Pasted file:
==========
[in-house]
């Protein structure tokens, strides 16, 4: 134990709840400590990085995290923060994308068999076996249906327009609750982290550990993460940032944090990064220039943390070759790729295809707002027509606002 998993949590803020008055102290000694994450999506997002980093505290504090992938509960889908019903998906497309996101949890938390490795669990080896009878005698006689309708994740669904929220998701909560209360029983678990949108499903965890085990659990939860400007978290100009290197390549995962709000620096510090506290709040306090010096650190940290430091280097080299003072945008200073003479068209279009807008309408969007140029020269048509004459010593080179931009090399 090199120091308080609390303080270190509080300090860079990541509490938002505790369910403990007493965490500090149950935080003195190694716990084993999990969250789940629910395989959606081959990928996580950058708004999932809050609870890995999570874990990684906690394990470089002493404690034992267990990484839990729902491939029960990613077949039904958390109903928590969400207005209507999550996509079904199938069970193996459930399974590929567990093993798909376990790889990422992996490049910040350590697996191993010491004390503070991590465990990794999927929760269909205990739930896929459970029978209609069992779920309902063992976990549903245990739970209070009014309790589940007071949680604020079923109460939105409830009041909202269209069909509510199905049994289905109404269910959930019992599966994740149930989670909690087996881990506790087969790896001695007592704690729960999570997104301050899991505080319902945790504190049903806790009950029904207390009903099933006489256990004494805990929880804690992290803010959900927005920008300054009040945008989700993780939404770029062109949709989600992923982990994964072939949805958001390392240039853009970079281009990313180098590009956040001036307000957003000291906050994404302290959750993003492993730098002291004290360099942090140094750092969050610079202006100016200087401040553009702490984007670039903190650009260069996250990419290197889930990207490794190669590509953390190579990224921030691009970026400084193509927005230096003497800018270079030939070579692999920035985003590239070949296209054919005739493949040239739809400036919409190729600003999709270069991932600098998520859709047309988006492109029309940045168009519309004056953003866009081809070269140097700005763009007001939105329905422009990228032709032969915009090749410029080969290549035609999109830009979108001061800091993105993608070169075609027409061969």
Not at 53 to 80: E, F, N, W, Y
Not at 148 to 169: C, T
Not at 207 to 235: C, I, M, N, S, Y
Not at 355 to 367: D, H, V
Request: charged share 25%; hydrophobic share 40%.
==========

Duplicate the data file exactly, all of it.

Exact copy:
[in-house]
């Protein structure tokens, strides 16, 4: 134990709840400590990085995290923060994308068999076996249906327009609750982290550990993460940032944090990064220039943390070759790729295809707002027509606002 998993949590803020008055102290000694994450999506997002980093505290504090992938509960889908019903998906497309996101949890938390490795669990080896009878005698006689309708994740669904929220998701909560209360029983678990949108499903965890085990659990939860400007978290100009290197390549995962709000620096510090506290709040306090010096650190940290430091280097080299003072945008200073003479068209279009807008309408969007140029020269048509004459010593080179931009090399 090199120091308080609390303080270190509080300090860079990541509490938002505790369910403990007493965490500090149950935080003195190694716990084993999990969250789940629910395989959606081959990928996580950058708004999932809050609870890995999570874990990684906690394990470089002493404690034992267990990484839990729902491939029960990613077949039904958390109903928590969400207005209507999550996509079904199938069970193996459930399974590929567990093993798909376990790889990422992996490049910040350590697996191993010491004390503070991590465990990794999927929760269909205990739930896929459970029978209609069992779920309902063992976990549903245990739970209070009014309790589940007071949680604020079923109460939105409830009041909202269209069909509510199905049994289905109404269910959930019992599966994740149930989670909690087996881990506790087969790896001695007592704690729960999570997104301050899991505080319902945790504190049903806790009950029904207390009903099933006489256990004494805990929880804690992290803010959900927005920008300054009040945008989700993780939404770029062109949709989600992923982990994964072939949805958001390392240039853009970079281009990313180098590009956040001036307000957003000291906050994404302290959750993003492993730098002291004290360099942090140094750092969050610079202006100016200087401040553009702490984007670039903190650009260069996250990419290197889930990207490794190669590509953390190579990224921030691009970026400084193509927005230096003497800018270079030939070579692999920035985003590239070949296209054919005739493949040239739809400036919409190729600003999709270069991932600098998520859709047309988006492109029309940045168009519309004056953003866009081809070269140097700005763009007001939105329905422009990228032709032969915009090749410029080969290549035609999109830009979108001061800091993105993608070169075609027409061969």
Not at 53 to 80: E, F, N, W, Y
Not at 148 to 169: C, T
Not at 207 to 235: C, I, M, N, S, Y
Not at 355 to 367: D, H, V
Request: charged share 25%; hydrophobic share 40%.